During their meeting in Ottawa, Prime Ministers Volodymyr Groysman of Ukraine and Justin Trudeau of Canada.

Groysman pitches Ukraine as business opportunity for Canada

OTTAWA – During his first-ever visit to Canada, Ukrainian Prime Minister Volodymyr Groysman remarked, in an exaggerated way at the Ukrainian Day on Parliament Hill reception organized by the Canada-Ukraine Parliamentary Program, that “every day in Canadian history” has had a Ukrainian element in it.

But that comment made on October 31 somewhat rang true – at least during and shortly after Ukraine’s youngest-ever prime minister, age 39, was here primarily to promote his country as a great Canadian opportunity for trade and investment.

Bill Browder, who campaigned for Magnitsky laws in both the United States and Canada.

Canada faces Moscow’s wrath after enactment of Magnitsky law

OTTAWA – As Canada’s Magnitsky law came into effect, the man closely connected to its namesake who campaigned for the legislation has found himself further targeted by Russia. Reacting to the bill, Russia’s Embassy in Canada called it a “hostile move” and promised “reciprocal countermeasures”; President Vladimir Putin commented that “This is just used to blow up more anti-Russian hysteria.”

Ukrainian Canadian Congress National President Paul Grod presents a Ukrainian embroidered shirt to Canada’s National Defense Minister Harjit S. Sajjan.

UCC holds annual general meeting in Vancouver

Canada’s defense minister addresses Ukrainian community

VANCOUVER, British Columbia – The Ukrainian Canadian Congress (UCC) held its annual general meeting and a meeting of its board of directors on October 13 through October 15 in Vancouver, British Columbia. Community leaders and executive members from across the country gathered to discuss the progress on UCC priorities set at the XXV Triennial Congress of Ukrainian Canadians last year. Over 40 delegates from member organizations, provincial councils and local branches attended. Dialogue and debate were focused around the three broad pillars guiding the work of the UCC: developing the Ukrainian Canadian community; celebrating and advancing the Ukrainian Canadian identity; and supporting Ukraine. “It was a pleasure for our community in Vancouver to host this year’s AGM,” stated Natalie Jatskevich, president of the UCC British Columbia Provincial Council and UCC Vancouver Branch.

UWC anniversary commemorations to conclude with events in Toronto

TORONTO – Official commemoration of the 50th anniversary of the Ukrainian World Congress (UWC) will conclude with a two-day program on November 10-11 in Toronto that includes an international conference, commemorative banquet and gala concert. The conference – “UWC at 50 and Beyond: The Roadmap” – is the sixth and final in a series that has spanned six countries on four continents and examined the past accomplishments of the UWC and the Ukrainian diaspora while developing a roadmap for the future. A distinguished speakers’ roster is being featured, including UWC President Eugene Czolij; UWC Vice-President and former president of the Australian Federation of Ukrainian Organizations Michael Moravski; former UWC President Yuri Shymko; global affairs analyst Michael Bociurkiw; the director of the International Institute for Education, Culture and Diaspora Relations, Lviv Polytechnic National University, Dr. Iryna Kluchkovska; Canada-Ukraine Chamber of Commerce President Zenon Potichnyj; Ukrainian Canadian Congress President Paul Grod; American Foreign Policy Council President Herman Pirchner; former U.S. Assistant Secretary of State for Democracy, Human Rights and Labor David Kramer; Caritas Ukraine President Andrij Waskowycz; and Rutgers University professor and author Alexander Motyl. A banquet will be held following the first day of the conference on November 10. The guest speaker will be acting Minister of Health of Ukraine Dr. Ulana Suprun.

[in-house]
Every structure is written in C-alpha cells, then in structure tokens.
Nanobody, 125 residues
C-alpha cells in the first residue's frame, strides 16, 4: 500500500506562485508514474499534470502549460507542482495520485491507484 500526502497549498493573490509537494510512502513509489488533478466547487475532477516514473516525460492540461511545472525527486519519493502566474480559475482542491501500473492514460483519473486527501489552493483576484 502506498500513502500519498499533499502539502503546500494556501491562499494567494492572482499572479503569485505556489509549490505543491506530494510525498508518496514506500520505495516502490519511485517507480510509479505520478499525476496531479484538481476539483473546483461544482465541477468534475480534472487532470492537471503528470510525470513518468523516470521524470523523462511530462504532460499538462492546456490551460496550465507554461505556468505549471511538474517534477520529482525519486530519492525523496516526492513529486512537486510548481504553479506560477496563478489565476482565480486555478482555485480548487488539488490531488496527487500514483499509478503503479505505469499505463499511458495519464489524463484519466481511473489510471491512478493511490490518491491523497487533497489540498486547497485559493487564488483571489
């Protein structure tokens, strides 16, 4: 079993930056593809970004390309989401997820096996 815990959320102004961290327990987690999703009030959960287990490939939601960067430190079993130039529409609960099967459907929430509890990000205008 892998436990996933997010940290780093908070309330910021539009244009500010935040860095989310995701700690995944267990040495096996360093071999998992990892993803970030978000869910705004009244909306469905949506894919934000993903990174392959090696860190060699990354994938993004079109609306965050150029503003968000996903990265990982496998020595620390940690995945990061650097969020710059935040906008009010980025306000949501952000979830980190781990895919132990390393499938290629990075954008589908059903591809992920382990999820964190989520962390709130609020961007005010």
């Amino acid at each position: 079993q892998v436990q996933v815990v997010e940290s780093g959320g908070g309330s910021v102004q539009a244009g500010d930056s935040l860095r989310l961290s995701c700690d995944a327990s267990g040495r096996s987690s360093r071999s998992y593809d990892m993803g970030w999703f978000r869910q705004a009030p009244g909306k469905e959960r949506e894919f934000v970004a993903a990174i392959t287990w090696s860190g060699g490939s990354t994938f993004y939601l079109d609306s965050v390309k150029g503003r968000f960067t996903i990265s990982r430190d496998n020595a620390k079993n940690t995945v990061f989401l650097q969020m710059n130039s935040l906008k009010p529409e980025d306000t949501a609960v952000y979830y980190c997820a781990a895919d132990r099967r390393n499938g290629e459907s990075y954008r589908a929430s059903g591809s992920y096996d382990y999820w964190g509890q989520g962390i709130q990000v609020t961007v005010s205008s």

Irwin Cotler (left) introduced a Magnitsky bill in the House of Commons back in 2011, but it was never passed. Sen. Raynell Andreychuk (center) took up the cause last year, introducing it in the Senate, and MP James Bezan (right) sponsored it in the House of Commons.

Canada’s Magnitsky bill a vote away from becoming law

OTTAWA – Canada’s long-awaited Magnitsky bill passed unanimously in the House of Commons on October 4 and is expected to receive the same endorsement in the Senate and become law six years after the idea behind it was first introduced in the House by a former Liberal Canadian justice minister and long-time human rights lawyer.

Canada can ‘donate’ arms to Ukraine before it’s allowed to buy them, says MP

OTTAWA – Canada could push Russia to support Ukraine’s proposal for a United Nations peacekeeping mission along the Ukrainian-Russian border but should start sending arms to help Ukraine defend itself against Russian-backed rebels in the Donbas region, says James Bezan, the Official Opposition Conservative shadow minister of national defense in the Canadian House of Commons. “Russia holds veto power in the U.N. Security Council, so the Ukrainian proposal has little chance of succeeding,” said Mr. Bezan, member of Parliament for the Manitoba riding of Selkirk-Interlake-Eastman, who is of Ukrainian descent. Mr. Bezan recently traveled to Ukraine with a delegation from the House Standing Committee on National Defense, of which he is a member. He explained that, if Canada signs onto the Russian proposal, which would be restricted to protecting only monitors from the Organization for Security and Cooperation in Europe (OSCE) near the battlefield and would involve Russian peacekeepers, which Ukraine has rejected, “we are guaranteeing a frozen conflict and guaranteeing that Ukraine would be forced to give up its sovereignty over the Donbas.”